Hey Ram! is a tricky one because while it focuses on the Ram versus Raavan conflict (and turning the tables on it a couple of times too), there is very little Sita in it. By the way, this is the article that prompted me to watch this movie and include it in this post, as it may not be evident at first glance that the film even has anything to do with the Ramayana (at least it wasn't to me). The Sita in this story is about as passive as the Sita in the Ramayan, though to be fair, the fact that she is murdered somewhere in the beginning during the religious riots in Calcutta has a great deal to do with that. Nonetheless, she is instrumental to the plot on the one hand because the memory of her murder is what motivates Ram Saket throughout the entire story, and also in a more active role she comes back as a vision just as Ram is chosen to fight the demon (in this case Mahatma Gandhi) to make sure that he does not stray from it.

One could say that this is the most blood-thirsty Sita we have seen, even though she does not have an actual physical presence in the story.

The parallels however stop here because the rest of the story focuses on partition and on Ram fighting his demons.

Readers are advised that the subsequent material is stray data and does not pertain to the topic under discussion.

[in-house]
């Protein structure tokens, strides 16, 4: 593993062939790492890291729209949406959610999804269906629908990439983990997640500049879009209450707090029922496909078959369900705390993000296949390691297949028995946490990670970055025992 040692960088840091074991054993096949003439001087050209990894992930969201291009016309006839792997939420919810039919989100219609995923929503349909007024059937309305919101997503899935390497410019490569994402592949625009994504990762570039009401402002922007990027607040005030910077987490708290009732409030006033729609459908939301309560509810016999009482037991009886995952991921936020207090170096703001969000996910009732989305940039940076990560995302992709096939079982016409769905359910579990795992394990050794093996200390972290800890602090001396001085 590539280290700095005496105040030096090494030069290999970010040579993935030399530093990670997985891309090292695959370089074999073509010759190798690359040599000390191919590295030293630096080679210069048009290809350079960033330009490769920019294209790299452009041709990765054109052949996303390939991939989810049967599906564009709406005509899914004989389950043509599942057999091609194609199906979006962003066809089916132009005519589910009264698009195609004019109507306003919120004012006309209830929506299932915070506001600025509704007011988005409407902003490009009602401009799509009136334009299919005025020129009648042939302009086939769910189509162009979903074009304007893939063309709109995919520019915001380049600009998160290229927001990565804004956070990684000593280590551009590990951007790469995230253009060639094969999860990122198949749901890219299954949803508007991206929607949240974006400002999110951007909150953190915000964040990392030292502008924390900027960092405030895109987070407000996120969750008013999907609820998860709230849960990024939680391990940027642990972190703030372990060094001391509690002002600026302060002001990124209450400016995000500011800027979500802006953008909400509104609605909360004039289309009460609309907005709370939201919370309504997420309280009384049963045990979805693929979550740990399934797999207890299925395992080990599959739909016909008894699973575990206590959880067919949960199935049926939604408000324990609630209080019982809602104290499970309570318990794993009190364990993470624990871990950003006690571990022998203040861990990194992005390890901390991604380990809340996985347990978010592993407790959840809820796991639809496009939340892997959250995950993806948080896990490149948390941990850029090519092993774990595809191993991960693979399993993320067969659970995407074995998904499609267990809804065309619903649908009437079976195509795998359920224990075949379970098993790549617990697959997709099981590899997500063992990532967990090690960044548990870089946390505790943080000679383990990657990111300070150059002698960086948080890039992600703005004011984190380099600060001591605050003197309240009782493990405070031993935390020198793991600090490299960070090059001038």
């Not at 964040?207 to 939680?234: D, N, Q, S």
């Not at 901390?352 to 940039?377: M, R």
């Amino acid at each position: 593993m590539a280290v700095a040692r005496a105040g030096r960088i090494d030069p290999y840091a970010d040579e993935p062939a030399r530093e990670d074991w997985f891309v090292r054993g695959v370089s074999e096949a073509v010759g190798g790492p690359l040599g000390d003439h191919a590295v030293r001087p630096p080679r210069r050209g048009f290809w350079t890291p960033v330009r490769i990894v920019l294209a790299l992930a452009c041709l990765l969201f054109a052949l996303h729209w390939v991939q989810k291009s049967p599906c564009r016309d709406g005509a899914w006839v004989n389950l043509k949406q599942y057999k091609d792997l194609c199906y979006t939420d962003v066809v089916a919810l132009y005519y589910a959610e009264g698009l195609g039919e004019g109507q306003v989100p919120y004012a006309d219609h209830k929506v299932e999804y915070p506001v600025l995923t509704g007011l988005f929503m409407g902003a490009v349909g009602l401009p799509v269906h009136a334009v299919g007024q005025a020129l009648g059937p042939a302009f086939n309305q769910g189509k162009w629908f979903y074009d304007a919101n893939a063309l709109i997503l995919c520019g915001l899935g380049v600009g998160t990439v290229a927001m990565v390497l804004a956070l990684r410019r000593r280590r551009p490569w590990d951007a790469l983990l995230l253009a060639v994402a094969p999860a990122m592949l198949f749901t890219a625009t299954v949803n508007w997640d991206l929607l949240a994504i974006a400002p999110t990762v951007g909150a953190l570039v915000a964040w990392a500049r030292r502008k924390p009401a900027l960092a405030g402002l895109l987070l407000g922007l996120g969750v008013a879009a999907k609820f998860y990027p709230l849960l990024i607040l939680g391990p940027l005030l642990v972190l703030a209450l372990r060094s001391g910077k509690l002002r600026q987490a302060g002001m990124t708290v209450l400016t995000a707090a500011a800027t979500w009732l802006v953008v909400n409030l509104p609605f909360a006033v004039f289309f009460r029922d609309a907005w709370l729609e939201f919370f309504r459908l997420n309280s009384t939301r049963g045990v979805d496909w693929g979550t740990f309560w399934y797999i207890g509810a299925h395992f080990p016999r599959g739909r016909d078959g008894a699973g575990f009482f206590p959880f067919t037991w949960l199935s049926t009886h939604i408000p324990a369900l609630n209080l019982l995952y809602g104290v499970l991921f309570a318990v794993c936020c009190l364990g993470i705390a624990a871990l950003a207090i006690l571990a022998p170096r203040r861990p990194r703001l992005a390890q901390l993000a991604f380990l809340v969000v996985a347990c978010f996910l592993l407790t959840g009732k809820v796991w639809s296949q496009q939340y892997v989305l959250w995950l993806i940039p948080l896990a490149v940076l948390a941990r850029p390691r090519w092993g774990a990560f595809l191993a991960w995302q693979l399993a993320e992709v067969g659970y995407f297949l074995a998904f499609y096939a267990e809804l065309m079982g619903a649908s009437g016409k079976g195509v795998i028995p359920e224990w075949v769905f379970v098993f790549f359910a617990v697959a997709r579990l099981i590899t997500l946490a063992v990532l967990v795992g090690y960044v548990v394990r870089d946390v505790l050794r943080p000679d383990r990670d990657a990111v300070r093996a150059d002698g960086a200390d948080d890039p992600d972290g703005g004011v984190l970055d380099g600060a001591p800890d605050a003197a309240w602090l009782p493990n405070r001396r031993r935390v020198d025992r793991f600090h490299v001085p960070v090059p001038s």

Khuda Kay Liye (Pakistan, 2007)

Khuda Kay Liye has to me the most interesting treatment of the original story, a very unexpected one even if not entirely realistic. Mary, the daughter of a devout Muslim living in England with his white common law partner (right, well, the word "devout" only applies to his expectations for his daughter, he is clearly exempt from any kind of laws - of Islam or otherwise), gets tricked into going back to Pakistan where she is forcefully married to her cousin, a radical Muslim. She is in a very dangerous and remote part of Pakistan, so escaping is virtually impossible. During her 2 year captivity she makes friends with the women of the household but she is also raped and impregnated by her now husband.

She goes from being a bundle of energy and optimism to an empty shell kept alive only by thoughts of revenge and by her baby.

When she is finally rescued by her British fiance, she does her own killing of Raavan by bringing her husband to justice. However, when all is said and done and justice has been served, she takes the surprising decision of going back to the village where she had been held captive. She doesn't think she is the same person that "Ram" loved before, the captivity has changed her. This is the first Sita who never even gets to the trial of fire because she has trialed and convicted herself long before that. Considering one of the central themes of the film is broken spirits, this ending is appropriate, showing us a very down-to-earth Sita, stripped of all her Godlike devotion and indulgence, just a woman who has lost all hope in mankind.

Raavan / Raavanan (Hindi / Tamil, 2010)